Undergraduate Research

Volume 3, Issue 2 (2023) Fall 2023

“Education is freedom.” -Freire.

In 1994 Congress passed the Violent Crime Control and Law Enforcement Act which amended the Higher Education Act of 1965. In doing so, all incarcerated people were banned from receiving Pell grants or financial aid for higher education. Four years later Congress extended the ban to any student with a state or federal drug conviction. Even though less than 1% of federal education funding went to incarcerated students, the “tough on crime” mantra of the day led to the elimination of most prison education programs originally developed in the 1970s and 1980s.

In 2015 a pilot program allowing Pell grants for incarcerated students began at a select group of facilities and institutions. When the FAFSA (Free Application for Federal Student Aid) Simplification Act was passed in 2020, the success of the pilot programs gave way to Congress reauthorizing access to Pell grants to students incarcerated in federal or state penal institutions and students who are subject to involuntary commitments. As of July 2023, all provisions of the Act relating to incarcerated students are active, meaning that for the first time in almost 30 years, individuals enrolled in approved prison education programs (PEPs) are eligible for federal student aid. Provisions of the FAFSA Simplification Act also changed the definition of prison education program and now requires approval, oversight, and various other procedures.

Under the FAFSA Simplification Act all PEPs must be accredited and offer the same quality of education in prison as they do outside of prison. So, readers, why am I giving you this information? As this is my inaugural issue as Editor-in-Chief, I would like to not only share this critical development but also leave you with a call to action. As a criminologist, I’ve spent the better part of the last 15 years working with incarcerated and formerly incarcerated individuals. In the incarceration capital of the world, I have witnessed the potential lost to incarceration and it’s collateral consequences. Yet, one thing we have known for decades is that education not only reduces recidivism in the individual learner, it increases public safety, and impacts families for generations¹. It can transform the lives of over 5 million children with incarcerated parents, while strengthening the communities in which they live. Data also shows that for every dollar spent on education while individuals are incarcerated, taxpayers ultimately save five dollars in the future. Furthermore, current estimates indicate lifting the financial aid ban will allow almost 800,000 incarcerated individuals access to PEPs, amounting to a less than 1% increase in the programs budget. As more schools open their classrooms to incarcerated and formerly incarcerated students, we must, not only, create a welcoming learning environment, but also encourage and support undergraduate research and scholarly creative endeavors. Historically, few educational programs or PEPs have offered courses or programs that allow incarcerated students to conduct undergraduate research. Often students have limited access to technology and research materials, with the Vera Institute reporting less than 20% of PEP students having access to academic research material.¹ Engaging in scientific inquiry, evaluating sources, and critical thinking are all fundamental to undergraduate education. It is crucial that colleges developing PEPs, not only provide quality academics, but also include intellectual inquiry through undergraduate research with access to meaningful resources.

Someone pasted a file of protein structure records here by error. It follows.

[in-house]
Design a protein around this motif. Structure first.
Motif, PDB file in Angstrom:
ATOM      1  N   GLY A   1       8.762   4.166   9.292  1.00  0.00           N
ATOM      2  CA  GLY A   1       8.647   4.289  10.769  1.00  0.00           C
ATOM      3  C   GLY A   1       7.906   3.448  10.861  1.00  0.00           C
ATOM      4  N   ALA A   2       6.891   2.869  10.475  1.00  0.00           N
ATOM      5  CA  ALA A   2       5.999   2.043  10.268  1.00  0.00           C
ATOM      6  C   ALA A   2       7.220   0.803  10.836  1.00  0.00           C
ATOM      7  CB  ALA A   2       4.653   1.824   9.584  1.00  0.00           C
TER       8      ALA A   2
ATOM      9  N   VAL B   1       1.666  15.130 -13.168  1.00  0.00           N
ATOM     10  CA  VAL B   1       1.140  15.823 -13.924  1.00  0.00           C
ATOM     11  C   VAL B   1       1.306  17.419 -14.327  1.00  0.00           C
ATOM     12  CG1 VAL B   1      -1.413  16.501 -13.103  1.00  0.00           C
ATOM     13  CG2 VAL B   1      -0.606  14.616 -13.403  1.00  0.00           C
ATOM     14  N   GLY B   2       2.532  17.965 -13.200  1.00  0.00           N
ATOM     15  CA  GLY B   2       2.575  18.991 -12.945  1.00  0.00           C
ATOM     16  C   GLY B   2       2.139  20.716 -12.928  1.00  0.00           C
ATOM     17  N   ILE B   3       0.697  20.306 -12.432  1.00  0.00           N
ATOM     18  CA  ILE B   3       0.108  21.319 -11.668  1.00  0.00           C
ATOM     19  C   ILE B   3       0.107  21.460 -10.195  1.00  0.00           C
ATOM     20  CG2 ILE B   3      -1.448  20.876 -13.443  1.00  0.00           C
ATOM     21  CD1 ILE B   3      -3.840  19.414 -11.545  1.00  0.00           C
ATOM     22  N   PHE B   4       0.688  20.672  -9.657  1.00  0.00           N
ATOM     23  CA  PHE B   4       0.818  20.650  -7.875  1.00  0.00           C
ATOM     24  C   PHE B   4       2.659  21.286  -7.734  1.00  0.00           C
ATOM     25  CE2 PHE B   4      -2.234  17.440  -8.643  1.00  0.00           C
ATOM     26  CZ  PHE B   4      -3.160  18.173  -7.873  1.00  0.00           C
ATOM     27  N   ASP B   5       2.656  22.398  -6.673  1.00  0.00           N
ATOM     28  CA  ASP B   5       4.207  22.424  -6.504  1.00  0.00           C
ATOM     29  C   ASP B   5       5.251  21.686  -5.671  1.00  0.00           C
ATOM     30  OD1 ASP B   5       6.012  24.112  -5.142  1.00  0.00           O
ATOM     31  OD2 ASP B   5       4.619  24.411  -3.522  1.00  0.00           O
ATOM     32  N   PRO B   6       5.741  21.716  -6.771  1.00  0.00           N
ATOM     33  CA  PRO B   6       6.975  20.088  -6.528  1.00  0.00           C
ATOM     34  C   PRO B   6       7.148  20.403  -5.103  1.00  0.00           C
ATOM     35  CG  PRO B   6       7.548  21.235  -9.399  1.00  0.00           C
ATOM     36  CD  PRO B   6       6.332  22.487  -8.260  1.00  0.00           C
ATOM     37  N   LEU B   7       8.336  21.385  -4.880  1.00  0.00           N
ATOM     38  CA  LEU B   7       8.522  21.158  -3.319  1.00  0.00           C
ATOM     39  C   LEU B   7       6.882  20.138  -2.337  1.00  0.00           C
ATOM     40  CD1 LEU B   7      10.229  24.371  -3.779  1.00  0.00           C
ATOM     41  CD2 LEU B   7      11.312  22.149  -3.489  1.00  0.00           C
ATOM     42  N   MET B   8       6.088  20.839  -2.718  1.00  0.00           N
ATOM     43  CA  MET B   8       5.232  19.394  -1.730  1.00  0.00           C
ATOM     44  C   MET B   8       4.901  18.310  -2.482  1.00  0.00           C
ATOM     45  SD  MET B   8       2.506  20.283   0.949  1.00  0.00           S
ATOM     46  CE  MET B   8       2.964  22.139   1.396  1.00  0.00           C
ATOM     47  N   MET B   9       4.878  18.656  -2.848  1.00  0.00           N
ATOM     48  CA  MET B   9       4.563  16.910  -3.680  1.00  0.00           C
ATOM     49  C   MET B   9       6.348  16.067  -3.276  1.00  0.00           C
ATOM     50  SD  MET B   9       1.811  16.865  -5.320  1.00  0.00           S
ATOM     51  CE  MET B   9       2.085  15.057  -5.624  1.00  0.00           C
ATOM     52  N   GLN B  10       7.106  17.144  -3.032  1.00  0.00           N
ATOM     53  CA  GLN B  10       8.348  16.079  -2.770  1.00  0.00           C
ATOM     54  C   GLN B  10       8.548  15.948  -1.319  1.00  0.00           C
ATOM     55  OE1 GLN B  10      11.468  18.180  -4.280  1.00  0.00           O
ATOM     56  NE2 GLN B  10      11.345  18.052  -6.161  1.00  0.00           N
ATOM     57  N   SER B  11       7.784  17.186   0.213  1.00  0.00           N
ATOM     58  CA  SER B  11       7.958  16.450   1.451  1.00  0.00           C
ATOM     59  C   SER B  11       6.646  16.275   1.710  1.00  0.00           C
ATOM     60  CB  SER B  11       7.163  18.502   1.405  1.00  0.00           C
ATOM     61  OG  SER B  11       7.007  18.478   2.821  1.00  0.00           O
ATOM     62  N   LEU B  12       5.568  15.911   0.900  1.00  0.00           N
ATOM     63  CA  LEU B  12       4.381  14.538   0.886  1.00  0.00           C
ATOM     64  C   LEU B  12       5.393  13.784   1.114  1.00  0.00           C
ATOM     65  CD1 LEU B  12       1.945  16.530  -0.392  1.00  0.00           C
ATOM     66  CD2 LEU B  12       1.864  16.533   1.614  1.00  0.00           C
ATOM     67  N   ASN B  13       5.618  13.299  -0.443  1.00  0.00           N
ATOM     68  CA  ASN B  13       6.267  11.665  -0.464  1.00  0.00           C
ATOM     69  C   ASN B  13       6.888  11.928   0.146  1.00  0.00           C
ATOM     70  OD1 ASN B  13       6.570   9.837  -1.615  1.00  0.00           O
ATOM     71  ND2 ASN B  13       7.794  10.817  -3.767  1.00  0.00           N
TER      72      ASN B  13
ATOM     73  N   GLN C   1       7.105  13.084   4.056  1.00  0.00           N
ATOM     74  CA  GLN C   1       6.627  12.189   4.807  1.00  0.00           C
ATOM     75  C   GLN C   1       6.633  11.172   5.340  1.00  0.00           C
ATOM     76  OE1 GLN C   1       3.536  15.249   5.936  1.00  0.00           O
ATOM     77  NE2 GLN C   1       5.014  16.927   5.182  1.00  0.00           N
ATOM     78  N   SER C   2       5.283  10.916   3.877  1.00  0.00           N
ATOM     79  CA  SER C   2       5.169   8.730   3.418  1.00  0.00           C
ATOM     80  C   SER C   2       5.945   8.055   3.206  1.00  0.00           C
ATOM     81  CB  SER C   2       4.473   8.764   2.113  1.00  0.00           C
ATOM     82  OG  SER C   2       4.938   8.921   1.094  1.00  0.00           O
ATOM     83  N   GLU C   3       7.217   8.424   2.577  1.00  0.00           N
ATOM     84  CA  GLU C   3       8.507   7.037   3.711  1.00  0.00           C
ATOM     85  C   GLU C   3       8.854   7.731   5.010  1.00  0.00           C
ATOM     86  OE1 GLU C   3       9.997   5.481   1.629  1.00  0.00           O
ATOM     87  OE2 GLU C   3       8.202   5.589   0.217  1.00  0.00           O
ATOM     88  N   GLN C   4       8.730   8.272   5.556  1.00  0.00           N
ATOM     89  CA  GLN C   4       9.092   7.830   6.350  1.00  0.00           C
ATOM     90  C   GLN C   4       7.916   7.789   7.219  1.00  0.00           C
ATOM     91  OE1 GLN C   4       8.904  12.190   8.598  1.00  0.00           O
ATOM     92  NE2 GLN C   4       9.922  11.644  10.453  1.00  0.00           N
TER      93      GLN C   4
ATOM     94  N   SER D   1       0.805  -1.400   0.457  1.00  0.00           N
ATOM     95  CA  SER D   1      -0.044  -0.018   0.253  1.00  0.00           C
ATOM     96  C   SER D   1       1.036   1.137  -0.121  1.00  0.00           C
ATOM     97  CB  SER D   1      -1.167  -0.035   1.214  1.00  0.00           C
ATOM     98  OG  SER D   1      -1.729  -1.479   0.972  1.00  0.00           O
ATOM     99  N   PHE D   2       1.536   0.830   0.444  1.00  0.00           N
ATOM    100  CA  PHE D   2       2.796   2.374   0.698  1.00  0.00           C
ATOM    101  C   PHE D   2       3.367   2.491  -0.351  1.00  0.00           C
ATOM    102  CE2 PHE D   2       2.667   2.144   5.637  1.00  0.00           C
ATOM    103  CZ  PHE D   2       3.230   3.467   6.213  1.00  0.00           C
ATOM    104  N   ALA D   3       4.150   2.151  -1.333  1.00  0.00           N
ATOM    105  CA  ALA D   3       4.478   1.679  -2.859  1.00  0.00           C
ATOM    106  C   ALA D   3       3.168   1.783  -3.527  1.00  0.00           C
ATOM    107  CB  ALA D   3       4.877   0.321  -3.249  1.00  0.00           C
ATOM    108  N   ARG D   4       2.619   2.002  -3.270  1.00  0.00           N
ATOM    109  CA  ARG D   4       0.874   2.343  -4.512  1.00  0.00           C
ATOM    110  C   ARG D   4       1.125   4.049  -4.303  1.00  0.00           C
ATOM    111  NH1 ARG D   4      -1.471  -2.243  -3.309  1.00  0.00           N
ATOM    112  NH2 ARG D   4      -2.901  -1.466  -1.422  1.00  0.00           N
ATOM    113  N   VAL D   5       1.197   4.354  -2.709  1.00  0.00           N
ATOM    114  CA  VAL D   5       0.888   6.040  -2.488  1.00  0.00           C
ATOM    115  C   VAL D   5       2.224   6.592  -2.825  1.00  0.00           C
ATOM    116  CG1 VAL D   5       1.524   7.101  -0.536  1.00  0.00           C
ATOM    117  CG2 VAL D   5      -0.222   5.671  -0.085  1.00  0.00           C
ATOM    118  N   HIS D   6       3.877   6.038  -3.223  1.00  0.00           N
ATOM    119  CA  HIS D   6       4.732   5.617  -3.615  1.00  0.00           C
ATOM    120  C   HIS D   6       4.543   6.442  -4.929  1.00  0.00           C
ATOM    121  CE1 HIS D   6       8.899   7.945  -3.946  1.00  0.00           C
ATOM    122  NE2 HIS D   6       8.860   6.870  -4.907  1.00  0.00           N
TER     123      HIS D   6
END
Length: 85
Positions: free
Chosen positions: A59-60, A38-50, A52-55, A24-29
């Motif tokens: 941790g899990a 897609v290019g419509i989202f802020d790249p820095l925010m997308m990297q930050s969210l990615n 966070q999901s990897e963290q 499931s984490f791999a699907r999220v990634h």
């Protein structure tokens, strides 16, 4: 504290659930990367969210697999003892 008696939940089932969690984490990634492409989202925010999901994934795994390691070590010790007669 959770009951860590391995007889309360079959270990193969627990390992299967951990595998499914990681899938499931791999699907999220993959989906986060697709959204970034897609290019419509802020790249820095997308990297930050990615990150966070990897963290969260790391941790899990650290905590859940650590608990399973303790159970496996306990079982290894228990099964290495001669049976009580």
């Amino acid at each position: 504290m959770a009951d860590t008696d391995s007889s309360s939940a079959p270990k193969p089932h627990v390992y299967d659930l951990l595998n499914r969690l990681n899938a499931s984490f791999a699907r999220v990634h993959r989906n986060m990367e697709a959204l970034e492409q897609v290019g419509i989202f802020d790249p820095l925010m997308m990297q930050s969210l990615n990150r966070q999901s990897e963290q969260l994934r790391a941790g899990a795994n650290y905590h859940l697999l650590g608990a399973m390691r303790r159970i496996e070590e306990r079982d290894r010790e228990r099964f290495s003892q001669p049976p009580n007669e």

When given the opportunity, these students will thrive. I’ve seen the hunger for knowledge and transformative power of education. Therefore, my call to you, readers, is to do what we do best, teach, research, and serve all individuals who seek to learn. As U.S. Secretary of Education Miguel Cardona stated, education creates “meaningful opportunities for redemption and rehabilitation that improve lives, strengthen communities, and reflect America’s ideal as a nation of second chances and limitless possibilities.”²

Alesa Liles, Ph.D., MSW

¹ https://www.vera.org/downloads/publications/second-chance-pell-five-years-of-expanding-access-to-education-in-prison-2016-2021.pdf

² https://www.ed.gov/news/press-releases/us-department-education-launch-application-process-expand-federal-pell-grant-access-individuals-who-are-confined-or-incarcerated


Front Matter
Alesa Liles


Back Matter
Alesa Liles


Alesa Liles, Georgia College & State University

Managing Editor

Kelly P. Massey, Georgia College & State University

Associate Editor

Doreen Sams, Georgia College & State University

Editorial Board

Amy Buddie
Kennesaw State University
Jordan Cofer
Georgia College & State University
Ashley Hagler
Gaston College
Kasey Karen
Georgia College & State University
Jill Kinzie
Indiana University
Huda Makhluf
Precision Institute National University
Marisa Moazen
University of Tennessee-Knoxville
Niharika Nath
New York Institute of Technology
Jeanetta Sims
University of Central Oklahoma
Kate Theobald
University of West Georgia
Charles Watson
Association of American Colleges & Universities


Cover Art

Juliana Pinson, Middle Tennessee State University
Valkyrie Rose, Middle Tennessee State University
Ashes to Ashes

Back Cover Art

M. Suits,